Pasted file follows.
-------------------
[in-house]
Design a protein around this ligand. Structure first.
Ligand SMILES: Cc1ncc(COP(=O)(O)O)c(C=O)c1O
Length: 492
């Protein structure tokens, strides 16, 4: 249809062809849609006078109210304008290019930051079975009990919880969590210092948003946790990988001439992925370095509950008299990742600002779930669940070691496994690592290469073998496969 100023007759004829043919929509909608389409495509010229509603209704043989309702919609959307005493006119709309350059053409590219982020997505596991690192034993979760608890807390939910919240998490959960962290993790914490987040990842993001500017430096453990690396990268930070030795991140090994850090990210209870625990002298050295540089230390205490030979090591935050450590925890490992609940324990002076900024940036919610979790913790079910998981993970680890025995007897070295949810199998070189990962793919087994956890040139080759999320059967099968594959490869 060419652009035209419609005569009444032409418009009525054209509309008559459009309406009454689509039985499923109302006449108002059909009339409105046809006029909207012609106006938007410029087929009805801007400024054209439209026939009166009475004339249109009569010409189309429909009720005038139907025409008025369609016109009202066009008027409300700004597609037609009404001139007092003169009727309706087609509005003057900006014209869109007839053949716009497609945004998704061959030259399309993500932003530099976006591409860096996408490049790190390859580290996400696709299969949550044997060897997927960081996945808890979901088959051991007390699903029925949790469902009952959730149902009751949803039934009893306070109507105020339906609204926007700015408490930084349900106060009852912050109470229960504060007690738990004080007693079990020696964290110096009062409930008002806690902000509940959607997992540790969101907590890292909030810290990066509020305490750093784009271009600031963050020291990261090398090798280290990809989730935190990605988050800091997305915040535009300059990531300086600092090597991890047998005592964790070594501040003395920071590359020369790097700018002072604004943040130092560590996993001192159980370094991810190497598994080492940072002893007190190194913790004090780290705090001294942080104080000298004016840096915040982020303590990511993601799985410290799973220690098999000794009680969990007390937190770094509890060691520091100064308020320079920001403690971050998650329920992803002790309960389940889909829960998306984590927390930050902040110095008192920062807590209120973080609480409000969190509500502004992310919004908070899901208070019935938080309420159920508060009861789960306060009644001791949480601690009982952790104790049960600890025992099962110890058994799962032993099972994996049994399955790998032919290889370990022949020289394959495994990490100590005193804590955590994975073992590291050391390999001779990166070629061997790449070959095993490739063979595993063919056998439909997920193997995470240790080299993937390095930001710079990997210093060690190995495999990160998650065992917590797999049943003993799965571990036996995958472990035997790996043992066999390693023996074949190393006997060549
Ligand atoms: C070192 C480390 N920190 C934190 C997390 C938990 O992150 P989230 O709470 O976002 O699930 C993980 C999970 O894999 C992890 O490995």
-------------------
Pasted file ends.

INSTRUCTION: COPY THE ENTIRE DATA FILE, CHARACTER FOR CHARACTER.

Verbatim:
[in-house]
Design a protein around this ligand. Structure first.
Ligand SMILES: Cc1ncc(COP(=O)(O)O)c(C=O)c1O
Length: 492
């Protein structure tokens, strides 16, 4: 249809062809849609006078109210304008290019930051079975009990919880969590210092948003946790990988001439992925370095509950008299990742600002779930669940070691496994690592290469073998496969 100023007759004829043919929509909608389409495509010229509603209704043989309702919609959307005493006119709309350059053409590219982020997505596991690192034993979760608890807390939910919240998490959960962290993790914490987040990842993001500017430096453990690396990268930070030795991140090994850090990210209870625990002298050295540089230390205490030979090591935050450590925890490992609940324990002076900024940036919610979790913790079910998981993970680890025995007897070295949810199998070189990962793919087994956890040139080759999320059967099968594959490869 060419652009035209419609005569009444032409418009009525054209509309008559459009309406009454689509039985499923109302006449108002059909009339409105046809006029909207012609106006938007410029087929009805801007400024054209439209026939009166009475004339249109009569010409189309429909009720005038139907025409008025369609016109009202066009008027409300700004597609037609009404001139007092003169009727309706087609509005003057900006014209869109007839053949716009497609945004998704061959030259399309993500932003530099976006591409860096996408490049790190390859580290996400696709299969949550044997060897997927960081996945808890979901088959051991007390699903029925949790469902009952959730149902009751949803039934009893306070109507105020339906609204926007700015408490930084349900106060009852912050109470229960504060007690738990004080007693079990020696964290110096009062409930008002806690902000509940959607997992540790969101907590890292909030810290990066509020305490750093784009271009600031963050020291990261090398090798280290990809989730935190990605988050800091997305915040535009300059990531300086600092090597991890047998005592964790070594501040003395920071590359020369790097700018002072604004943040130092560590996993001192159980370094991810190497598994080492940072002893007190190194913790004090780290705090001294942080104080000298004016840096915040982020303590990511993601799985410290799973220690098999000794009680969990007390937190770094509890060691520091100064308020320079920001403690971050998650329920992803002790309960389940889909829960998306984590927390930050902040110095008192920062807590209120973080609480409000969190509500502004992310919004908070899901208070019935938080309420159920508060009861789960306060009644001791949480601690009982952790104790049960600890025992099962110890058994799962032993099972994996049994399955790998032919290889370990022949020289394959495994990490100590005193804590955590994975073992590291050391390999001779990166070629061997790449070959095993490739063979595993063919056998439909997920193997995470240790080299993937390095930001710079990997210093060690190995495999990160998650065992917590797999049943003993799965571990036996995958472990035997790996043992066999390693023996074949190393006997060549
Ligand atoms: C070192 C480390 N920190 C934190 C997390 C938990 O992150 P989230 O709470 O976002 O699930 C993980 C999970 O894999 C992890 O490995």